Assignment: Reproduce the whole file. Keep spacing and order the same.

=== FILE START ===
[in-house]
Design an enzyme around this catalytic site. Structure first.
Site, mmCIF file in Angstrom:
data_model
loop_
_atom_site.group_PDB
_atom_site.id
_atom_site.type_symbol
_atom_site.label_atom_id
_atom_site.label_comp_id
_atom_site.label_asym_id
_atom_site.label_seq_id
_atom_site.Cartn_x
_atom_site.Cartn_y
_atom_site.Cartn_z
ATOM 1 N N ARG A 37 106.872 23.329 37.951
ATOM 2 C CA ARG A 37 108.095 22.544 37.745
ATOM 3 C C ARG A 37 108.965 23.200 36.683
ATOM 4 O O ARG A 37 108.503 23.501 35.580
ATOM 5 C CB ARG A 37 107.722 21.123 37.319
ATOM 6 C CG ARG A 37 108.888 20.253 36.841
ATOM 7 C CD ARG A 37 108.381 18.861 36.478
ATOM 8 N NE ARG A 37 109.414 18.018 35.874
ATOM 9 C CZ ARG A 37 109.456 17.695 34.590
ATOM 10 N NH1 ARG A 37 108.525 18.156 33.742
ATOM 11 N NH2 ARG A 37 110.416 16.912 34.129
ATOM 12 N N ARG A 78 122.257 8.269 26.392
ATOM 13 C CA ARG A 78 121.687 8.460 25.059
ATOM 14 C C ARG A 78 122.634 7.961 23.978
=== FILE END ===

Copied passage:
[in-house]
Design an enzyme around this catalytic site. Structure first.
Site, mmCIF file in Angstrom:
data_model
loop_
_atom_site.group_PDB
_atom_site.id
_atom_site.type_symbol
_atom_site.label_atom_id
_atom_site.label_comp_id
_atom_site.label_asym_id
_atom_site.label_seq_id
_atom_site.Cartn_x
_atom_site.Cartn_y
_atom_site.Cartn_z
ATOM 1 N N ARG A 37 106.872 23.329 37.951
ATOM 2 C CA ARG A 37 108.095 22.544 37.745
ATOM 3 C C ARG A 37 108.965 23.200 36.683
ATOM 4 O O ARG A 37 108.503 23.501 35.580
ATOM 5 C CB ARG A 37 107.722 21.123 37.319
ATOM 6 C CG ARG A 37 108.888 20.253 36.841
ATOM 7 C CD ARG A 37 108.381 18.861 36.478
ATOM 8 N NE ARG A 37 109.414 18.018 35.874
ATOM 9 C CZ ARG A 37 109.456 17.695 34.590
ATOM 10 N NH1 ARG A 37 108.525 18.156 33.742
ATOM 11 N NH2 ARG A 37 110.416 16.912 34.129
ATOM 12 N N ARG A 78 122.257 8.269 26.392
ATOM 13 C CA ARG A 78 121.687 8.460 25.059
ATOM 14 C C ARG A 78 122.634 7.961 23.978